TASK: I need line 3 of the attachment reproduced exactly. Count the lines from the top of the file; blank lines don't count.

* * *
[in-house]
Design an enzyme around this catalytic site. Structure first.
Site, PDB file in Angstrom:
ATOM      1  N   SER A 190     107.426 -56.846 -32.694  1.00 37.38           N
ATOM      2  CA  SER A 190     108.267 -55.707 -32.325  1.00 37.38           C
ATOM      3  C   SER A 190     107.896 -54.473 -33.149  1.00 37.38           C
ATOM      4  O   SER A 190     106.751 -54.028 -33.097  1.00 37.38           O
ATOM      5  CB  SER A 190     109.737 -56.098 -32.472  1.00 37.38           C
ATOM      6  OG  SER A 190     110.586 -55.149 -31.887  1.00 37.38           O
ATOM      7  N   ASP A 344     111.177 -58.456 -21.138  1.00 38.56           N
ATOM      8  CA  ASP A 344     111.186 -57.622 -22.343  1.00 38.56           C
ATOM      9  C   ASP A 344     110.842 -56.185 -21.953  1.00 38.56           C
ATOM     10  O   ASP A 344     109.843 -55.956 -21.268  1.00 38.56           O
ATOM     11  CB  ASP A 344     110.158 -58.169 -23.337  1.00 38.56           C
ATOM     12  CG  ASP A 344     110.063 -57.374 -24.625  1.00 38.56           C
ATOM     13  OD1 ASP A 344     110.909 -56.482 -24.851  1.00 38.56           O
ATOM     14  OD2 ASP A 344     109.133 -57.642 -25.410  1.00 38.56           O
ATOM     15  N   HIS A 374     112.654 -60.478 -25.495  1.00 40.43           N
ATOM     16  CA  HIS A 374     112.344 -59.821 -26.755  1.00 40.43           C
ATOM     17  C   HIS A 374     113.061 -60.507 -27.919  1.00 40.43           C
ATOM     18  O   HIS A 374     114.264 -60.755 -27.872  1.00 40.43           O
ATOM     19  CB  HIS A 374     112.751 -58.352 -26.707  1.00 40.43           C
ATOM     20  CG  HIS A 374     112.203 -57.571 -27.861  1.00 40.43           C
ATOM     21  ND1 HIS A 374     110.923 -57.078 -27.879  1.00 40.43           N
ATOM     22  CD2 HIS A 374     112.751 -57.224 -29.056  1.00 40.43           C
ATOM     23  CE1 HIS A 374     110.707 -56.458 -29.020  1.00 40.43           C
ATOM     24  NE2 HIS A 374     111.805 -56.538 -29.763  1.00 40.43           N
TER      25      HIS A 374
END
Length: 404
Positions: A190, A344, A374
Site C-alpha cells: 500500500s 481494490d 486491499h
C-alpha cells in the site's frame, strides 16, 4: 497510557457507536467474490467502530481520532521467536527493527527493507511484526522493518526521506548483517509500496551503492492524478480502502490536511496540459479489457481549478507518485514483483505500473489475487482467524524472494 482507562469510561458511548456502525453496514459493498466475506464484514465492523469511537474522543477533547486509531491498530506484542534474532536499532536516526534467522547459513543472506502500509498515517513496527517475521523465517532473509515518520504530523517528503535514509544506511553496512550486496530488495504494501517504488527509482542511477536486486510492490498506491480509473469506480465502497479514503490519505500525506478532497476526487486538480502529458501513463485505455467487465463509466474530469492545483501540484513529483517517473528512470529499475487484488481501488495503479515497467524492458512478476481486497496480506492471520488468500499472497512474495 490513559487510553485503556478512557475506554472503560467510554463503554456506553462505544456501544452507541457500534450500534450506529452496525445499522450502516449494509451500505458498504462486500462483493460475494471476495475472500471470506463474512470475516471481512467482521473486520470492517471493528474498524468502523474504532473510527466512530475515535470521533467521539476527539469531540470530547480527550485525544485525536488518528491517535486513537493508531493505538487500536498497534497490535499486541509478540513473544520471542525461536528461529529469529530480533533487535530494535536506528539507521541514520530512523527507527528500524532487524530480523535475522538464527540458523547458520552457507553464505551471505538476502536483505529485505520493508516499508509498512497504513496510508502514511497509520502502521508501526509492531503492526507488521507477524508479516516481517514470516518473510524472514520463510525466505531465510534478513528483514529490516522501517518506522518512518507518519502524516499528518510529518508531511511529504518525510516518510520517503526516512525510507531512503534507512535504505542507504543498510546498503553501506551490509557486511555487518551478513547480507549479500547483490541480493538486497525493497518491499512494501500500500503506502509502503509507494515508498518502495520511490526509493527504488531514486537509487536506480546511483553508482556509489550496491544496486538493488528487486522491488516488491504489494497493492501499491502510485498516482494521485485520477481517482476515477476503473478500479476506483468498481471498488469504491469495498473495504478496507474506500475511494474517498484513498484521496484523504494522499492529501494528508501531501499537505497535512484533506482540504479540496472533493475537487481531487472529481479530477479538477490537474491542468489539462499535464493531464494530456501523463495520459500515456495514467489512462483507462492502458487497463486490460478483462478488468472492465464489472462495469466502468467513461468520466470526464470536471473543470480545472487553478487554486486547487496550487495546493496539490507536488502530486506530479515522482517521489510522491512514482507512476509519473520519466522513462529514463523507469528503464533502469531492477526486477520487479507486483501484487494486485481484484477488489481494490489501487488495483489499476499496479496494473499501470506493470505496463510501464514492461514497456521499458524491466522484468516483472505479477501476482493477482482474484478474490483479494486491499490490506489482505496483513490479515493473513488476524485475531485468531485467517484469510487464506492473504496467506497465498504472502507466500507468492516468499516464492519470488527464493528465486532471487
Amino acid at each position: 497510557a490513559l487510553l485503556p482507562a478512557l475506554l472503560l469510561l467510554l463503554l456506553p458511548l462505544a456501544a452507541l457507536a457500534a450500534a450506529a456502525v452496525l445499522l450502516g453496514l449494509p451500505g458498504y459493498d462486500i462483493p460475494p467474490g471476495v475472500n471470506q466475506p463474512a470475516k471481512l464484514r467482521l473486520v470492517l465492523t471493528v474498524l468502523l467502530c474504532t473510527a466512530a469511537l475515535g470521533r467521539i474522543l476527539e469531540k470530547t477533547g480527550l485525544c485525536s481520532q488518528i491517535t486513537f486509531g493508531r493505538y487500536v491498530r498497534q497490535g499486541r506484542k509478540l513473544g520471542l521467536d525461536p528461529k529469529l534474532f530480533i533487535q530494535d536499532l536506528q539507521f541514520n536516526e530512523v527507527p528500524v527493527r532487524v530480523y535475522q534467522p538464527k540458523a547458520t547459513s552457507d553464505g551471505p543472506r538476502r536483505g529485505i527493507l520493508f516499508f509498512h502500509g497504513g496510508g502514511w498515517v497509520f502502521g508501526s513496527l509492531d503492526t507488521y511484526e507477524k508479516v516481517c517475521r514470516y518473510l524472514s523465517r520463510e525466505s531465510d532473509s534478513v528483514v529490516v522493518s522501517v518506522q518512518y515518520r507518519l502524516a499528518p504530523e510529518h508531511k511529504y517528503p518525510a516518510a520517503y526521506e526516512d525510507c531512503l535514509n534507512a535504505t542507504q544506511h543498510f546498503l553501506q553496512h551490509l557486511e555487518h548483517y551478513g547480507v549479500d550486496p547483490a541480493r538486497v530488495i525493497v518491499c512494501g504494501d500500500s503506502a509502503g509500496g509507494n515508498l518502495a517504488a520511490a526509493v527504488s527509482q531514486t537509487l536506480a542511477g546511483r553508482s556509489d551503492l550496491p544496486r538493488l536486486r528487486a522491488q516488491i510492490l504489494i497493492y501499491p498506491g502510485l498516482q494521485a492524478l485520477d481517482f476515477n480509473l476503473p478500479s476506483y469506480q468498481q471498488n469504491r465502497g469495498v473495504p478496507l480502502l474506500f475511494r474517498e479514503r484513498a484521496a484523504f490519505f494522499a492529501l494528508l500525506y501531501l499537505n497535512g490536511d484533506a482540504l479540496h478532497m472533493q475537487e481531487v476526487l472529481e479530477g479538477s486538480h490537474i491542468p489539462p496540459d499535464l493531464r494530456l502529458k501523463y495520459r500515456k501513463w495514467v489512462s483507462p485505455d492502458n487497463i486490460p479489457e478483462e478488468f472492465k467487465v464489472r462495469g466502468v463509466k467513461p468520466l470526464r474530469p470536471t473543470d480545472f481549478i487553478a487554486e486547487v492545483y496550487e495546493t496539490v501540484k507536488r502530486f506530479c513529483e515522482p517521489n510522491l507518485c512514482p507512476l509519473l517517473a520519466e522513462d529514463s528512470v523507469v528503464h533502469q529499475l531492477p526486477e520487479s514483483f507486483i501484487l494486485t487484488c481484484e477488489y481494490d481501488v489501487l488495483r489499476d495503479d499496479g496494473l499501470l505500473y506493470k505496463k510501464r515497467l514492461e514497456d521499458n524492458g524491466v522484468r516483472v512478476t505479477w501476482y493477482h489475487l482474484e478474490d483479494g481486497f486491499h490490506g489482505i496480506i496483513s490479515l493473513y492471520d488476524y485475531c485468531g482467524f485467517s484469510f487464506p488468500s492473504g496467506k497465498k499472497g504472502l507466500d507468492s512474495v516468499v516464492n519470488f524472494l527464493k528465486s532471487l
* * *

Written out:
Site, PDB file in Angstrom: